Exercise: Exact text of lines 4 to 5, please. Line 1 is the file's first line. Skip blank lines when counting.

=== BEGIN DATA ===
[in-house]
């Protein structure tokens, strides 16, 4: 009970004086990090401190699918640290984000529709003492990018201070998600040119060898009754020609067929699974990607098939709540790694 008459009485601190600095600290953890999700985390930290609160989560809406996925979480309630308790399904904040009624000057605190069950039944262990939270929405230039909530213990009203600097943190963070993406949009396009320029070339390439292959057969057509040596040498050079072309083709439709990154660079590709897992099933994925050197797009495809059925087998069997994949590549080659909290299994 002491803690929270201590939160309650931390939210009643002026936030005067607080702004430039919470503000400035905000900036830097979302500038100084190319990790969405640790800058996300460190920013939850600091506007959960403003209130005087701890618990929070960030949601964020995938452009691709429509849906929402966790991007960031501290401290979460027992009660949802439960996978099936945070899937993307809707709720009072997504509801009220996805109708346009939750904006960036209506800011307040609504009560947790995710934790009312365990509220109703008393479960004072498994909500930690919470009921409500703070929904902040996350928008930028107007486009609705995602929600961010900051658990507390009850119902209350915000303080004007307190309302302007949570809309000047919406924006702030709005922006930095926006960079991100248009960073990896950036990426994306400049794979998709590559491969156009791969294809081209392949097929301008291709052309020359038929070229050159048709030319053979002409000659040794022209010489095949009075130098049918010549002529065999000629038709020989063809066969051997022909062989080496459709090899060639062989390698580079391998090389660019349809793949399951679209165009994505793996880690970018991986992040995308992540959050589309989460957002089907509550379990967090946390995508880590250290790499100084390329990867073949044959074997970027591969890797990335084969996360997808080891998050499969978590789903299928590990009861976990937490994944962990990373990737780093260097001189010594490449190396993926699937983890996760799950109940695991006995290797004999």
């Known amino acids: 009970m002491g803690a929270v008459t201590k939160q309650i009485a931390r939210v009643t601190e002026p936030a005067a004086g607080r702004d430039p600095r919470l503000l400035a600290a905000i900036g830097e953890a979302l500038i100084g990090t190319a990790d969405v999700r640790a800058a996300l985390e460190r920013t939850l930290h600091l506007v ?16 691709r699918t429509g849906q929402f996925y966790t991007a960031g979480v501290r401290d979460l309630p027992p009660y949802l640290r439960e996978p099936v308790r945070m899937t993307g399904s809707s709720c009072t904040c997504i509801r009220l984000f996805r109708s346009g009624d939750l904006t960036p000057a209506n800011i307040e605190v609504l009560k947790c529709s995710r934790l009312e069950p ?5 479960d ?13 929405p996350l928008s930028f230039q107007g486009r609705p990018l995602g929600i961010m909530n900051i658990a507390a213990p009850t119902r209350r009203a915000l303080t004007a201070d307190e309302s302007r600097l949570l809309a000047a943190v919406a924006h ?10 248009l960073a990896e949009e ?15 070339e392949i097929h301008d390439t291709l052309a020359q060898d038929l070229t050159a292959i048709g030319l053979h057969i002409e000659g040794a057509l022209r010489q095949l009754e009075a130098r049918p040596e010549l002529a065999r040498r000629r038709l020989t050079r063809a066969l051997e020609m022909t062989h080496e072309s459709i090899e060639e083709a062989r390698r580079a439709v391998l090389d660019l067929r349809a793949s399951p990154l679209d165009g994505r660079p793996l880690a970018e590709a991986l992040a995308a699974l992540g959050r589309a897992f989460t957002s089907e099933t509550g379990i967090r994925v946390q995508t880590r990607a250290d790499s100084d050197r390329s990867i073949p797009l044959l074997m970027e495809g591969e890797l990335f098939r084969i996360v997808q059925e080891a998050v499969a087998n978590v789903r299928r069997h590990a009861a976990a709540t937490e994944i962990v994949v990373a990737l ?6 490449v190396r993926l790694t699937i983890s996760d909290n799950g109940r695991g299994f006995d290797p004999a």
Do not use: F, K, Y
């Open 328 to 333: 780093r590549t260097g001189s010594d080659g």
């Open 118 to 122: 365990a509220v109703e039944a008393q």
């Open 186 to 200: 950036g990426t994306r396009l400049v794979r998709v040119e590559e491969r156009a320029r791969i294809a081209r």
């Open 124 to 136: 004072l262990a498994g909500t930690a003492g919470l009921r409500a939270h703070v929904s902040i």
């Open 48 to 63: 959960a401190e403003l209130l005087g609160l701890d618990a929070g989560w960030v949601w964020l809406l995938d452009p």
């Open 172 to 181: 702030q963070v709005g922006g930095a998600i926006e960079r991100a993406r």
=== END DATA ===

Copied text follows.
Do not use: F, K, Y
């Open 328 to 333: 780093r590549t260097g001189s010594d080659g």